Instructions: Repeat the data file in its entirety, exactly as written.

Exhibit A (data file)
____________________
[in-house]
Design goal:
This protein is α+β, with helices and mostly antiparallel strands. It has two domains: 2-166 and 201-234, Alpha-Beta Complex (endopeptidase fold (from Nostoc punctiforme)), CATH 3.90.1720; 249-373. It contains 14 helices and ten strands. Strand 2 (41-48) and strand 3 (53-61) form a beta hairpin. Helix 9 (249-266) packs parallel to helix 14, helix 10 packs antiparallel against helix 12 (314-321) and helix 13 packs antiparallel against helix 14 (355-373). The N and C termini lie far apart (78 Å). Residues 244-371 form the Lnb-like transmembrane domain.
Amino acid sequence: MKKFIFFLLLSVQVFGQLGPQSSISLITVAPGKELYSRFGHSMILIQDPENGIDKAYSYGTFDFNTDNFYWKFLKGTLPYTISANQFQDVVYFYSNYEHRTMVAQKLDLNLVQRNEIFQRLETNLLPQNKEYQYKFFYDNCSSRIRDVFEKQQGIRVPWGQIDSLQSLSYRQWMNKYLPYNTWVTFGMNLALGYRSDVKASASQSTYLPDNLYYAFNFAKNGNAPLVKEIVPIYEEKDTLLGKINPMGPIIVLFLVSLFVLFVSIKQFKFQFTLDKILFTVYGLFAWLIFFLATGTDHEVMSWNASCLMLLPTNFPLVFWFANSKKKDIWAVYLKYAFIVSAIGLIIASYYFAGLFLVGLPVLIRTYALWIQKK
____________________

[in-house]
Design goal:
This protein is α+β, with helices and mostly antiparallel strands. It has two domains: 2-166 and 201-234, Alpha-Beta Complex (endopeptidase fold (from Nostoc punctiforme)), CATH 3.90.1720; 249-373. It contains 14 helices and ten strands. Strand 2 (41-48) and strand 3 (53-61) form a beta hairpin. Helix 9 (249-266) packs parallel to helix 14, helix 10 packs antiparallel against helix 12 (314-321) and helix 13 packs antiparallel against helix 14 (355-373). The N and C termini lie far apart (78 Å). Residues 244-371 form the Lnb-like transmembrane domain.
Amino acid sequence: MKKFIFFLLLSVQVFGQLGPQSSISLITVAPGKELYSRFGHSMILIQDPENGIDKAYSYGTFDFNTDNFYWKFLKGTLPYTISANQFQDVVYFYSNYEHRTMVAQKLDLNLVQRNEIFQRLETNLLPQNKEYQYKFFYDNCSSRIRDVFEKQQGIRVPWGQIDSLQSLSYRQWMNKYLPYNTWVTFGMNLALGYRSDVKASASQSTYLPDNLYYAFNFAKNGNAPLVKEIVPIYEEKDTLLGKINPMGPIIVLFLVSLFVLFVSIKQFKFQFTLDKILFTVYGLFAWLIFFLATGTDHEVMSWNASCLMLLPTNFPLVFWFANSKKKDIWAVYLKYAFIVSAIGLIIASYYFAGLFLVGLPVLIRTYALWIQKK